Strategic Miami Area Rapid Transit stops picked out
While many details about the six corridors of the Strategic Miami Area Rapid Transit plan remain to be worked out, the county’s Transportation & Public Works Department has identified tentative stops along all of the routes.
Speaking before the Transportation Planning Organization’s Fiscal Priorities Committee, Albert Hernandez, department assistant director, said many of the stops dovetail with existing transit.
On the 9.7-mile Miami to Miami Beach corridor, an extension of Metromover is being considered, with a potential station at Museum Park and 10 stations on Miami Beach.
“These are the locations based on the latest study by the City of Miami Beach,” he said. “The benefit is that we can leverage our existing system and it doesn’t interfere with local traffic alignment.”
Station locations would include Washington and Meridian avenues, and 7th, 10th and 14th streets, Lincoln Road and the Miami Beach Convention Center. The service’s westbound leg would land in Wynwood with seven stations at locations yet to be determined.
The 11-mile east-west corridor’s 10 stations would start at the Miami Intermodal Center and ending at the Tamiami Campus of Florida International University. The university station would abut a bus facility on Southwest Eighth Street.
“We’re retrofitting a garage to put the bus terminal right in front of the rail,” Mr. Hernandez said.
The 10-mile Kendall corridor’s 10 stations would connect the Dadeland Metrorail South Station to a planned park-and-ride facility at Southwest 162nd Avenue. The county is also opening a park-and-ride lot next month at Southwest 127th Avenue. “We already have service in this corridor,” he said. “These decisions were made based on ridership and density.”
The 9.2-mile north corridor along Northwest 27th Avenue would have seven stations, he said, beginning at the Dr. Martin Luther King Metrorail station and continuing to the Miami-Dade/Broward County line at Northwest 215th Street. Stations are contemplated at Northwest 82nd Street, the north campus of Miami Dade College, in Opa-locka, and on Northwest 166th, 183rd, 199th and 215th streets.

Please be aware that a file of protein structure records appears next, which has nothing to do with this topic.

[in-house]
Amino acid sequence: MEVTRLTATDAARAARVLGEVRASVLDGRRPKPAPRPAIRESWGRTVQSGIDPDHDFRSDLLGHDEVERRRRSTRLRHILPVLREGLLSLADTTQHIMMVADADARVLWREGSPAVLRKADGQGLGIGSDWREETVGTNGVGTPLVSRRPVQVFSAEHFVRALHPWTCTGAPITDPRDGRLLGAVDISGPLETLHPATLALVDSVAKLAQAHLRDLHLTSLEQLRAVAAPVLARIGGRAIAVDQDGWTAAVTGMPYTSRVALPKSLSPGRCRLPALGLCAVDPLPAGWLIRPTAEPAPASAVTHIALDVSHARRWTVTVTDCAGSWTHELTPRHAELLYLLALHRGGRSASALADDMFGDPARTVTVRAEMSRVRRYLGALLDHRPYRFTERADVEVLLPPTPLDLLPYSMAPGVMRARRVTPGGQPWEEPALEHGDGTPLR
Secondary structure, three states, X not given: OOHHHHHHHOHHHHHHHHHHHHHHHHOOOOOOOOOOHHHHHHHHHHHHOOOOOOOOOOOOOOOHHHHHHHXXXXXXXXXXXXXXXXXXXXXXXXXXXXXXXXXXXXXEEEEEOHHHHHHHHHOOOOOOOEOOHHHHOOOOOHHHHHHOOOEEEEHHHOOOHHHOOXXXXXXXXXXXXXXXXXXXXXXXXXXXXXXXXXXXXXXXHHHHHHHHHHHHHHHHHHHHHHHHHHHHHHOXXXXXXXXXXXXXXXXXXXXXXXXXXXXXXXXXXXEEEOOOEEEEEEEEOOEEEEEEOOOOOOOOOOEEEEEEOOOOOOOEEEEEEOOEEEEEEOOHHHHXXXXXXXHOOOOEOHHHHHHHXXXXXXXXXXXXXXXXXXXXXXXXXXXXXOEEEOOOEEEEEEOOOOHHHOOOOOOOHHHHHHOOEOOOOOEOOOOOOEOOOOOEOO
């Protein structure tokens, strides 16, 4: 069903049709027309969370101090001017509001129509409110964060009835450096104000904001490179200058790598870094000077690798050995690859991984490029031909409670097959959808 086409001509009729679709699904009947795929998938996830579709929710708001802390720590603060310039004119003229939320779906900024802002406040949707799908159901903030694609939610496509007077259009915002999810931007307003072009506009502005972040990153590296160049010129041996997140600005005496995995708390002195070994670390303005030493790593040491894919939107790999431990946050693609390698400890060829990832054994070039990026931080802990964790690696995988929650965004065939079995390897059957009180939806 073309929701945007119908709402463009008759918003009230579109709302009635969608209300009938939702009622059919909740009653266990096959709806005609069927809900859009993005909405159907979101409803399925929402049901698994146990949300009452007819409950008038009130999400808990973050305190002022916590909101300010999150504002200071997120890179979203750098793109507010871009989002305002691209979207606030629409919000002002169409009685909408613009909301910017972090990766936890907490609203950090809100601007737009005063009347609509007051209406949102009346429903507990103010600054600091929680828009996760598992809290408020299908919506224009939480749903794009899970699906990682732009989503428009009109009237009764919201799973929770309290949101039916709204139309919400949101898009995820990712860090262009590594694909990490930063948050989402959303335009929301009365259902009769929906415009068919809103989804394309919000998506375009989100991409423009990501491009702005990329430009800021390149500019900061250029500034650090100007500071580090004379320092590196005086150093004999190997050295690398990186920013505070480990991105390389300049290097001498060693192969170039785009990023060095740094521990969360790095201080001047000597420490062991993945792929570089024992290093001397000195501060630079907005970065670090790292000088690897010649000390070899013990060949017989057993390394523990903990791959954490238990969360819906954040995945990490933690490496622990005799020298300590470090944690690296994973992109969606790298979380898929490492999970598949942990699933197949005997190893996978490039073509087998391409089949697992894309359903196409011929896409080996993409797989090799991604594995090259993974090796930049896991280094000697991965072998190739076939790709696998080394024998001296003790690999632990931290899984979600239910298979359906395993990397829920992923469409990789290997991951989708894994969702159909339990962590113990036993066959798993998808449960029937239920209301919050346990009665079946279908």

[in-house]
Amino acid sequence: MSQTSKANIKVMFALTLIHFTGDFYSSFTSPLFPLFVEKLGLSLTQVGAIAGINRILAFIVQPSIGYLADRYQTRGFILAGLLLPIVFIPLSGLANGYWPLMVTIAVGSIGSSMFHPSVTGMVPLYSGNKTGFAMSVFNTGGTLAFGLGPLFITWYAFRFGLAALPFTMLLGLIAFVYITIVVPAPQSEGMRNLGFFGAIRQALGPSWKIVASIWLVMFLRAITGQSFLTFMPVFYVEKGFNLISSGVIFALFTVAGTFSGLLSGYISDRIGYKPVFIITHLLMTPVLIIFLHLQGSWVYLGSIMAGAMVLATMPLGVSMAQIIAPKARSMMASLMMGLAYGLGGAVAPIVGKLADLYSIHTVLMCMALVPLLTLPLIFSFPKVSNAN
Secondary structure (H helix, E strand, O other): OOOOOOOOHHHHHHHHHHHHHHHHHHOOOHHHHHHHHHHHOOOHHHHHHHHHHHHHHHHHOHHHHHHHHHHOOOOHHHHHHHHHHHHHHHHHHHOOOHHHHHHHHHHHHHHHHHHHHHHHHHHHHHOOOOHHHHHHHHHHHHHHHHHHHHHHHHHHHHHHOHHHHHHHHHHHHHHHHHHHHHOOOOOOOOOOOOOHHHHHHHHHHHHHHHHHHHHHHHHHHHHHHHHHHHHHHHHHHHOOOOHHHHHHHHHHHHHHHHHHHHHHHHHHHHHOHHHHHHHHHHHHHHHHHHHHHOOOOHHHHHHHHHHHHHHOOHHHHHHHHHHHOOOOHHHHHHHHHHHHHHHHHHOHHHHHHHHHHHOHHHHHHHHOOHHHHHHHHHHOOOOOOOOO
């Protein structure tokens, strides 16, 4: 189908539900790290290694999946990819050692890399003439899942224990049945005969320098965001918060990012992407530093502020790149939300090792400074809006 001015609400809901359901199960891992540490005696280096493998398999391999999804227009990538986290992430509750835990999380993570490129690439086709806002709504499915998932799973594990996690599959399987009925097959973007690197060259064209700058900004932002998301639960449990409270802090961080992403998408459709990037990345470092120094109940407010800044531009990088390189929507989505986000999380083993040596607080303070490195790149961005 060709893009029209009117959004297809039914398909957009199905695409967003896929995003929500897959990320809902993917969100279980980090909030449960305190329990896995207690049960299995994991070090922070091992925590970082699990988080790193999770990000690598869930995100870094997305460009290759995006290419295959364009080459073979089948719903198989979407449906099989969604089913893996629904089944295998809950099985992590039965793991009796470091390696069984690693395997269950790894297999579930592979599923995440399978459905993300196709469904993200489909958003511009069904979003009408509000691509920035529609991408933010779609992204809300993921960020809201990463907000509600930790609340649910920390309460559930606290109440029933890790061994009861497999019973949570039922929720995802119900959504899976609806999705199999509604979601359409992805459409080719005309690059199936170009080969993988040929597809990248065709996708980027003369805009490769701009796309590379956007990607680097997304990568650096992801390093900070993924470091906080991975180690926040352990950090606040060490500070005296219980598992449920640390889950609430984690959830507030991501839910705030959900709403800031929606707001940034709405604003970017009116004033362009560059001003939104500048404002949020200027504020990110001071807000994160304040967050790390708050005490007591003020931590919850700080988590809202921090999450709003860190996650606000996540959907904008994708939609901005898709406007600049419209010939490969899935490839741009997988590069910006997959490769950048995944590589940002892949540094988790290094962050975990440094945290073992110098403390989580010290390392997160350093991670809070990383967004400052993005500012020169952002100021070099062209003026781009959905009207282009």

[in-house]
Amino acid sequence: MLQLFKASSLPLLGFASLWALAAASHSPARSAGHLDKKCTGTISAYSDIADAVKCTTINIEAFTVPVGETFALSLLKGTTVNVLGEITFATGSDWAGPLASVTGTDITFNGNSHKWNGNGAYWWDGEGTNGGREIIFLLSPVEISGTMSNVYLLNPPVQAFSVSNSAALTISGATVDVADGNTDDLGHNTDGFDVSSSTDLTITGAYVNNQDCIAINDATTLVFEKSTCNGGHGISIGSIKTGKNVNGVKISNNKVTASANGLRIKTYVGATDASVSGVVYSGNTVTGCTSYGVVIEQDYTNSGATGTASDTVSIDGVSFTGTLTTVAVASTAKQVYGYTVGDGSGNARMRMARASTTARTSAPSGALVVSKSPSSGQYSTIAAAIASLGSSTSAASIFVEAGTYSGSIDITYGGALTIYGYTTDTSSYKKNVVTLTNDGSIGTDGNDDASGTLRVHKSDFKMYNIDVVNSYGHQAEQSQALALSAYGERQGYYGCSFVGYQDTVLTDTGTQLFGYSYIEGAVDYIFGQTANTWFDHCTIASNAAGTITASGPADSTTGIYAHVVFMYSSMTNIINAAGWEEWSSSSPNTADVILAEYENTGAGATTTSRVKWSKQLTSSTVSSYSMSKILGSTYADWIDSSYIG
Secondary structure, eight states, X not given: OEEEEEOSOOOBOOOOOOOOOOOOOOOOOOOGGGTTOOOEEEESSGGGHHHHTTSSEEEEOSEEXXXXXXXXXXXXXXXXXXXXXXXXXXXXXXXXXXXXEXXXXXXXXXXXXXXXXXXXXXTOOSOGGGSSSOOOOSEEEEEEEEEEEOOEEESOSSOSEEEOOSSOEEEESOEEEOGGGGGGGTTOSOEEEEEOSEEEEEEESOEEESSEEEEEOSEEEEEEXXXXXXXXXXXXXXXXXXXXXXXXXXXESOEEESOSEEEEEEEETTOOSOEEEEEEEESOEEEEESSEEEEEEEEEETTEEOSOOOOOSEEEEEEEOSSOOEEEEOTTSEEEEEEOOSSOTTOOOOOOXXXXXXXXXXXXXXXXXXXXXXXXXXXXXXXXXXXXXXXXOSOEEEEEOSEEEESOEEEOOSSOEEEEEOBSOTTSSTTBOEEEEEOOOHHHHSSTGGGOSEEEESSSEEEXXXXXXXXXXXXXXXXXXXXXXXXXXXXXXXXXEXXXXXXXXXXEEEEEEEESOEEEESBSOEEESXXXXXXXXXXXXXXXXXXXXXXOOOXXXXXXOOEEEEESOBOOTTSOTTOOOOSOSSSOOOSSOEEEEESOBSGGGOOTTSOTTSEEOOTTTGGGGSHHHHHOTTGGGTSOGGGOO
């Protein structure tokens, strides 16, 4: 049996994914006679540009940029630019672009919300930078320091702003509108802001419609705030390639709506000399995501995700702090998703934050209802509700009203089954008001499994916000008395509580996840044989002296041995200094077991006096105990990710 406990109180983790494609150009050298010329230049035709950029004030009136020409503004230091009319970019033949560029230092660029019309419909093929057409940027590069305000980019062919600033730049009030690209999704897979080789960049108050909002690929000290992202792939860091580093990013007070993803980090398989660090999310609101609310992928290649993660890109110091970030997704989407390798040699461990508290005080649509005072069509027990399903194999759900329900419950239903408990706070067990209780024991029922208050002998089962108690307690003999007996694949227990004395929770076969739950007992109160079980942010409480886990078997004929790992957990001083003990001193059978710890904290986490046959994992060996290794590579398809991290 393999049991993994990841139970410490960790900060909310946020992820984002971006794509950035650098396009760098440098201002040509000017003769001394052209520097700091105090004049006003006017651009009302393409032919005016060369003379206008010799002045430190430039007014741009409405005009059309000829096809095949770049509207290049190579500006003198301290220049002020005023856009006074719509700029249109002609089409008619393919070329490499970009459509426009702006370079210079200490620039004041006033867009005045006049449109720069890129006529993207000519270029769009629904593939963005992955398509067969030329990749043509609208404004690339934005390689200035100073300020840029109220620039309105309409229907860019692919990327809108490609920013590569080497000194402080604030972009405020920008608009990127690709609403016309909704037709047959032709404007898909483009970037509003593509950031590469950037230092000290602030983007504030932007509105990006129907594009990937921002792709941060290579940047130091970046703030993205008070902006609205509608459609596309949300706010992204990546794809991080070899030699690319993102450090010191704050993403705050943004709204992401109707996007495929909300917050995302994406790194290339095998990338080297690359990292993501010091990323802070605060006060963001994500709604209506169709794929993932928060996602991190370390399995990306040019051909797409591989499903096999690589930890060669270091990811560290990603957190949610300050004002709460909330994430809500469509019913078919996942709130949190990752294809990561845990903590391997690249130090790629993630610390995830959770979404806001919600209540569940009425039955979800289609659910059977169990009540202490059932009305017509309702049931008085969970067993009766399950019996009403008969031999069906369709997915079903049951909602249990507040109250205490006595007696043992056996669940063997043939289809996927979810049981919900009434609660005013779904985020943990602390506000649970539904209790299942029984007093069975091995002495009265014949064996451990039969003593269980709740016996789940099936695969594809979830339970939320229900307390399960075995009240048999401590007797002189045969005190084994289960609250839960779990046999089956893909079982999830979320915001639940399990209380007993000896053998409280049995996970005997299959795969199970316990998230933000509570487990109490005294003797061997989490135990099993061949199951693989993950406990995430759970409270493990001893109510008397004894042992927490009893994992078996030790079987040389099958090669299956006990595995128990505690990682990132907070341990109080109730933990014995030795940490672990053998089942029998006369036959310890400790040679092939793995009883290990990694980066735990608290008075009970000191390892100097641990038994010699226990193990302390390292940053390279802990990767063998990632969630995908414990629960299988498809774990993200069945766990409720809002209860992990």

“We own a 14-acre parcel at 215th Street and are under procurement with a possible developer for a transit-oriented development there,” Mr. Hernandez said.
“The real estate is there to accommodate it,” said Dennis Moss, county commissioner and committee chair. “It’s not as densely built out as some other corridors.”
On the 13.5-mile northeast corridor from downtown Miami to Aventura, an undetermined number of stations will be built, probably with public-private partnerships.
“Brightline is building the downtown station for this corridor and we will have potential stations in Midtown, on Northwest 79th Street, in North Miami, North Miami Beach and Aventura,” Mr. Hernandez said. “We are working with developers and municipalities to locate where these stations should be. It depends on the availability of land and the opportunity to develop around the stations. We want density around the stations.”
On the south corridor busway on US 1 from the Dadeland South Metrorail Station to Homestead and Florida City, potential development opportunities exist, he said. “One of things we’re looking at is a possible rail extension down this corridor; we have a dedicated right-of-way. This is one of our highest ridership locations and there’s good potential for development on Quail Roost Drive, in Florida City and possibly at Southland Mall.”
The county is currently leasing a 500-space park-and-ride there and may buy that property, he said.
Xavier Suarez, county commissioner and committee member, said recruiting developers and cities is a good option but needs safeguards. “That’s been done very nicely in the Northeast corridor with the cities. But if we just leave it for them to be proactive, we might start doing the actual rail and they’re not yet ready. If they want a station, if they want a platform, they have to ante up.”